Playing with Kobe, also with Nike, CWebb essentially provides what Lamar Odom and Pau Gasol would years later only ahead of schedule. The Lakers don’t make the Finals their first year with CWebb, but they also don’t tank like they did during Kobe’s solo shooting extravaganza.


photo via Flight Club

On the court, Chris is responding well to his new surrounding and taking life less seriously while winning in Hollywood. His footwear reflects the situation as he decides playing in the Zoom Air aided Huarche 2k5 is still better than that of the Shox Bomber. Plus, it keeps him and Kobe cool.

The time in LA also allows Chris to make fast friends with will.i.am, which leads Chris to not only producing “Blunt Ashes” on Nas’ upcoming album, Hip Hop is Dead, but also executive producing the whole project. Kobe convinces Nas to wear his upcoming shoe on the album’s cover but is not happy with Chris spending energy outside of basketball…

2005-06 // Nike Zoom Kobe 1

To start the season, Chris and Kobe are getting along swimmingly and Nike decides to pull a page from the MJ playbook and have teammates of Kobe don his signatures just the same as seen with Mike in Chicago. Fortunately for all involved parties, Kobe really respects Chris’ game and boom they’re both in the Nike Zoom Kobe 1. A solid start for what would become one of the greatest lines in modern basketball.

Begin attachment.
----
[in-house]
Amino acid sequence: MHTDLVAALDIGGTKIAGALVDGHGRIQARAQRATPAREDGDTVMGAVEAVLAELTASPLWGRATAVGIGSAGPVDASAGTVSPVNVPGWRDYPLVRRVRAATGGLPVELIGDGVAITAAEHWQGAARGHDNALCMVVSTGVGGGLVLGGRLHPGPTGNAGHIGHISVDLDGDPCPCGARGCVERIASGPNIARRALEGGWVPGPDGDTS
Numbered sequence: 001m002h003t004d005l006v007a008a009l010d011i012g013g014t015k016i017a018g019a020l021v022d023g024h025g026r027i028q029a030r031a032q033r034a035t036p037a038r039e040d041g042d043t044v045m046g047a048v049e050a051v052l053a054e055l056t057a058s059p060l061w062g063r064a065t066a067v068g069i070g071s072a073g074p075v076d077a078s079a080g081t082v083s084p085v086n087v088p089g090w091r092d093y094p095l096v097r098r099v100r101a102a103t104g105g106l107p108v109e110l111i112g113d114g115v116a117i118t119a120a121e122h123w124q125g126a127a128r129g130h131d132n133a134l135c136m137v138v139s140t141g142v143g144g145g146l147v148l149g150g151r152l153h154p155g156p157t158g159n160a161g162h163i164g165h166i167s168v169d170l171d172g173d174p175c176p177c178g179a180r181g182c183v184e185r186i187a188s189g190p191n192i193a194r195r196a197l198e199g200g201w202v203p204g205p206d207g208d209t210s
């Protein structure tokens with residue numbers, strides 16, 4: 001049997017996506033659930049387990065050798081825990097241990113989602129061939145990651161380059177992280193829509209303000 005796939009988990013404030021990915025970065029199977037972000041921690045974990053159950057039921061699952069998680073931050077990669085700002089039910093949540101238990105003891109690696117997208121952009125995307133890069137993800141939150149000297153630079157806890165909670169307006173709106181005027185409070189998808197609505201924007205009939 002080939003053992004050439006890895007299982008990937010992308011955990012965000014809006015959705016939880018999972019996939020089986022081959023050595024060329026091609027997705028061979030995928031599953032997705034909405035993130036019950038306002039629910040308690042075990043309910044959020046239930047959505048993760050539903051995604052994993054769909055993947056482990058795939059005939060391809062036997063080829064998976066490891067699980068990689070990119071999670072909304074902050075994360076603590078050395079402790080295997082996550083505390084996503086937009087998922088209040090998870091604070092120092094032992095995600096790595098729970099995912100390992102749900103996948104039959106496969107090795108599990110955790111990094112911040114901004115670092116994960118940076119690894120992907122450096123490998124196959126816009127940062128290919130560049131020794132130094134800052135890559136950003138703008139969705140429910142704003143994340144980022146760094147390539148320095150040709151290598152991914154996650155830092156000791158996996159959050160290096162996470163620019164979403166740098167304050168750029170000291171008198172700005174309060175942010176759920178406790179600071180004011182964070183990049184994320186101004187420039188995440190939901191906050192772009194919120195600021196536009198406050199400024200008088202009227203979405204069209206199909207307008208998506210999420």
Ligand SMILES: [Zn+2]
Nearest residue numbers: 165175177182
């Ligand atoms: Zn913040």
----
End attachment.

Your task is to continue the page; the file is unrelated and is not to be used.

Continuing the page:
On the court, Chris remains productive, putting up 20, 11 and 7. The triangle is a great fit (yup, Phil’s still there) only a Western Conference Finals fall to the Shaq led Kings causes Kupchack to blow everything up.

2006-07 // Nike Zoom LeBron IV

In the offseason, Chris is dealt to Cleveland for Larry Hughes, Anderson Varejao and a future first round pick who will end up being Kyrie Irving. During his lone season in LeBron Land, Nike and Chris decide it best for Chris to lace up the Nike Zoom LeBron IV as a truth to team and also a shot at Kobe. Webber and Bron are great together, showing amazing chemistry in pre-game dance routines and in game mastery of the outlet to clear the court for a LeBron dunk fast break.

The Cavs beat the Spurs in Game 6 of the Finals bringing home the first championship to Cleveland in decades, the first ring for Webber and also importantly, a series win over Duncan.

Webber decides to retire on top, rounding out one of the greatest Kicks On Court resumes ever assembled and paving the way for Todd MacCulloch to shine at DaDa. Pat Riley never lands Shaq, LeBron or any rings in Miami, causing him to return to New York as coach and general manage of the Knicks.

If only Chris never left Nike…

Big ups to Mis Zapas for the reference work on CWebb’s Sneaker History that can be seen here. Also props to Shea Serrano’s Basketball (and Other Things) book that inspired this What If idea and is available here.